Monday, September 17, 2007

Add one more homeless man to Victoria streets
Sept. 14, 2007

For more than a year now, I’ve watched Roland Lapierre cobbling together at least some semblance of a normal life aboard his tidy little raft on the Gorge.
Once homeless on Victoria’s streets, Lapierre had found a way out. I’d see him sitting in the sunshine on his patchwork raft –reading the paper sometimes, or having a nap – and would send good thoughts his way for having the creative mettle to come up with his own solution.
I wondered how long he’d get away with it. The answer came this week. The City of Victoria has ordered Lapierre to leave the little bay where he anchors, off Banfield Park near the Selkirk Trestle.
In a city that knows no end to people living homeless on its streets, add one more.
The city is within its rights, of course, and I can already hear the “slippery slope” arguments taking shape in defence of rousting Lapierre. We can’t have people thinking they can just pull up a raft somewhere on the Gorge and live for free.
But the city’s action does beg the question: What now?
As pleasant as it may have looked from a distance, life couldn’t have been easy for Lapierre in his teeny-weeny waterfront home. It would have been cold out there a lot of the time, and there wasn’t much room on board to do anything other than sit very still or lie down.
But I loved seeing him on his raft as I made my way through the park. I have great admiration for people who are able to figure their way out of problems, and Lapierre had managed his way out from under a really big one.
One of my favourite travel destinations is Mexico, where there’s no shortage of desperately poor people coming up with innovative ways to survive. I wish for a better social safety net for all of them, but in the meantime appreciate the relative freedom they’re given by Mexican authorities to scratch together a life.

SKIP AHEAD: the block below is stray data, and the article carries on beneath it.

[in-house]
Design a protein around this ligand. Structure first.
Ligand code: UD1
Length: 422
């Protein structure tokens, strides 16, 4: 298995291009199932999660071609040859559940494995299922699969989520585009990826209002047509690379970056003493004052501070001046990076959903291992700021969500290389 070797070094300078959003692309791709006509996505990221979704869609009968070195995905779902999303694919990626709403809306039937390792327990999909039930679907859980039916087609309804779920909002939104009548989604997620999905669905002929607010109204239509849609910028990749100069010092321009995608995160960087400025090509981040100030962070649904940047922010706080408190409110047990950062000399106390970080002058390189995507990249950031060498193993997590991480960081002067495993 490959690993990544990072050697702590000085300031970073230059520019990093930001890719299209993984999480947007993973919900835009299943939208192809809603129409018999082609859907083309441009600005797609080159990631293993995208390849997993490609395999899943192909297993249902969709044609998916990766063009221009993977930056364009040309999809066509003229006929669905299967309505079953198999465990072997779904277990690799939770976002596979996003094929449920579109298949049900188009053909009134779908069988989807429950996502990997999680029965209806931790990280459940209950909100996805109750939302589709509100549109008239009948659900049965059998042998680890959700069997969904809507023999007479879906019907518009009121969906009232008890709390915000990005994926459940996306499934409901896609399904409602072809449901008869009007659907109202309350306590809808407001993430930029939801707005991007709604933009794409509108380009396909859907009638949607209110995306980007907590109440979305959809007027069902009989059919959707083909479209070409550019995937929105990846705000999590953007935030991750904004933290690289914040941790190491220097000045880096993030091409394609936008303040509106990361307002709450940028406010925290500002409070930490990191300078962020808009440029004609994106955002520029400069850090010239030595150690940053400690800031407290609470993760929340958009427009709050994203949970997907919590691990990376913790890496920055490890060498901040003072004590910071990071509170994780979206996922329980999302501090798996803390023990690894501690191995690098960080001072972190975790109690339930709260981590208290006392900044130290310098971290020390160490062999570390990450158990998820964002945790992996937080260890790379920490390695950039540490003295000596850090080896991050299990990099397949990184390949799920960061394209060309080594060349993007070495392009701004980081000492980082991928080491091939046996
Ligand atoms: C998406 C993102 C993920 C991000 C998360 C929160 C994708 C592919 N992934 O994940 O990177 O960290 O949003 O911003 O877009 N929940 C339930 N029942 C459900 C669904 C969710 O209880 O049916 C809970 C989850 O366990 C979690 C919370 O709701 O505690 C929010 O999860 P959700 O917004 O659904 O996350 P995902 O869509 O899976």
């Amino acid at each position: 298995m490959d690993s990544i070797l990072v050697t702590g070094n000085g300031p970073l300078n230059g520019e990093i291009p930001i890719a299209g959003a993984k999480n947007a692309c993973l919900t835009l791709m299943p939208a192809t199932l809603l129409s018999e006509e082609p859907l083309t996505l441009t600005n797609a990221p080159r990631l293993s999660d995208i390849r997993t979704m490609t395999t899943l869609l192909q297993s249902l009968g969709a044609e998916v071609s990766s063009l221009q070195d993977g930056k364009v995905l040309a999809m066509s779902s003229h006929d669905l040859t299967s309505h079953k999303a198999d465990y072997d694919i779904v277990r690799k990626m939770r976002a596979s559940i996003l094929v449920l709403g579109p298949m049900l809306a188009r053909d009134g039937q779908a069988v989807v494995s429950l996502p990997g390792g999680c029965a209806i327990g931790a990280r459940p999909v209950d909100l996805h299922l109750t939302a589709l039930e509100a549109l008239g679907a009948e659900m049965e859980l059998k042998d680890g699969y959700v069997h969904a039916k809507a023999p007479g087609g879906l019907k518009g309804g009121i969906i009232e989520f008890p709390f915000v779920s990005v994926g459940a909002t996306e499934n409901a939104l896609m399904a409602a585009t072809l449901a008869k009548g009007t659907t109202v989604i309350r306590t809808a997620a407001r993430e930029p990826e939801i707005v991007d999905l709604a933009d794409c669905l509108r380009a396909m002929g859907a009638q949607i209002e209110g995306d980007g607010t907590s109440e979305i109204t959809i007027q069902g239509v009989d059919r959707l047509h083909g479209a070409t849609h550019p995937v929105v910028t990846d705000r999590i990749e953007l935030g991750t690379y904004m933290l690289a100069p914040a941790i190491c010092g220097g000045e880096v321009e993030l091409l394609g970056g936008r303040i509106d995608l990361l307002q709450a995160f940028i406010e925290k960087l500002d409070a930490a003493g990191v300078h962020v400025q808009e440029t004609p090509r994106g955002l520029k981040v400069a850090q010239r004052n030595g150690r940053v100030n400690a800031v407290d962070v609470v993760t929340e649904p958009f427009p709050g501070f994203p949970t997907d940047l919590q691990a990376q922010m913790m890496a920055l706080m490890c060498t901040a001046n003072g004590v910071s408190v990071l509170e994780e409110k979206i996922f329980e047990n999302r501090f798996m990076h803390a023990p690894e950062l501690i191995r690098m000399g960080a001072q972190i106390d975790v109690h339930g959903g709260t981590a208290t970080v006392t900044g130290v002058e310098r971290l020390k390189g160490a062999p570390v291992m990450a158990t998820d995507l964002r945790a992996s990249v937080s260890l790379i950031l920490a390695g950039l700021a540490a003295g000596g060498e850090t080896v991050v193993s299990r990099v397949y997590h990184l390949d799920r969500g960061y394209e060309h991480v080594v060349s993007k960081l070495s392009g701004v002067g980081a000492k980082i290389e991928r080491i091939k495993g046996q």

Homeless people have to live somewhere, after all. So while it isn’t pleasant to realize there’s an old, sick woman selling one-peso packs of gum out of the bus shelter where she lives on the road into your holiday resort, at least it’s honest.
The Capital Region, on the other hand, continues to pretend there is no poverty - just insufficient motivation. The street issues get more and more visible and we keep telling ourselves it’s just because there are too many lazy bums out there.
They gather in Cridge Park, and we roust them as vagrants. They find some crappy apartment building that no one else will live in, and we send in the health squad to shut the place down.
We tear down their makeshift tents on a daily basis in Beacon Hill Park. We throw out the sleeping bags they leave behind in our downtown doorways. We fence off another alley in another part of town. We send more police into the streets to move people along.
To where? Wake up, people. Ousting Roland Lapierre isn’t going to make or break the homeless issue in the region, but it’s one more perfect example of how we got here in the first place.
We can’t have it all ways. We can’t cut social supports and then be surprised that our problems are growing. We can’t abandon social-housing efforts and then insist that people get off our streets. We can’t slash mental-health care and then wonder where all the crazy people came from.
Lapierre didn’t choose to live on a raft because he wanted to get one over on the city. He did it because it was a vast improvement over camping out in some cold, dirty gap between buildings, where anybody and everybody is free to give you a hard time, rough you up, and steal your stuff.
Lapierre’s story could have had a happy ending - one where he gets the bad news about having to pack up his raft, but at the same time gets as much help as he needs in finding a more suitable place to live.
That approach would also work for tenants of buildings condemned as unfit, like the apartments on Carleton Terrace that were shut down this summer. But like Lapierre, those people have been left to their own devices as well. The streets await.
In Lapierre’s case, the city tried to be nice about it, offering him a job and even a more distant anchor. But for someone with chronic and severe mental illness - and who I suspect swims back and forth to his raft - neither are workable alternatives.
The city acted after fielding complaints from 15 people. I hope they also complained about the much larger boat anchored next to Lapierre’s raft for several weeks this summer. I hope the concern about “third party” use of the foreshore extends to the rich as well as the poor.
“I thought I had found a way,” Lapierre told the Times-Colonist this week. But his eviction was the final blow. He won’t be “fighting anymore.”
Watch for him looking sufficiently brought down to Earth in a doorway near you. Some victory.

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